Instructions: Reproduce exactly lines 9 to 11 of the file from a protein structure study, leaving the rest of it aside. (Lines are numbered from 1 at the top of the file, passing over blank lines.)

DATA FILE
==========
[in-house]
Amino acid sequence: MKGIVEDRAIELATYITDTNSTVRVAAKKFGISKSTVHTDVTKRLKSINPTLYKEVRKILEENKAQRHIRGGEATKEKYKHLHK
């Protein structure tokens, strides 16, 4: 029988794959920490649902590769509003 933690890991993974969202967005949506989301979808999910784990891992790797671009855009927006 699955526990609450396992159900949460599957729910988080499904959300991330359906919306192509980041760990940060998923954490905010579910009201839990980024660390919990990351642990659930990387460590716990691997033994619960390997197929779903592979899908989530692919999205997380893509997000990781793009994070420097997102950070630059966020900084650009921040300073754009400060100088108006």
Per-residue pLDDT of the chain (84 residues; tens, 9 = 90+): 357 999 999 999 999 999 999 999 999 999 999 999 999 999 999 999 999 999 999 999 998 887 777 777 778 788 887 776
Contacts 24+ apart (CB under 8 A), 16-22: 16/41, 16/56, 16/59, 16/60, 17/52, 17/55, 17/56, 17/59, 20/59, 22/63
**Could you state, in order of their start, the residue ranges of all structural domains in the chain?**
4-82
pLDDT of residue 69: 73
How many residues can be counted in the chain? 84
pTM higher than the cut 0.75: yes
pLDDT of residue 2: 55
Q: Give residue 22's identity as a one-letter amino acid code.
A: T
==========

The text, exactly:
How many residues can be counted in the chain? 84
pTM higher than the cut 0.75: yes
pLDDT of residue 2: 55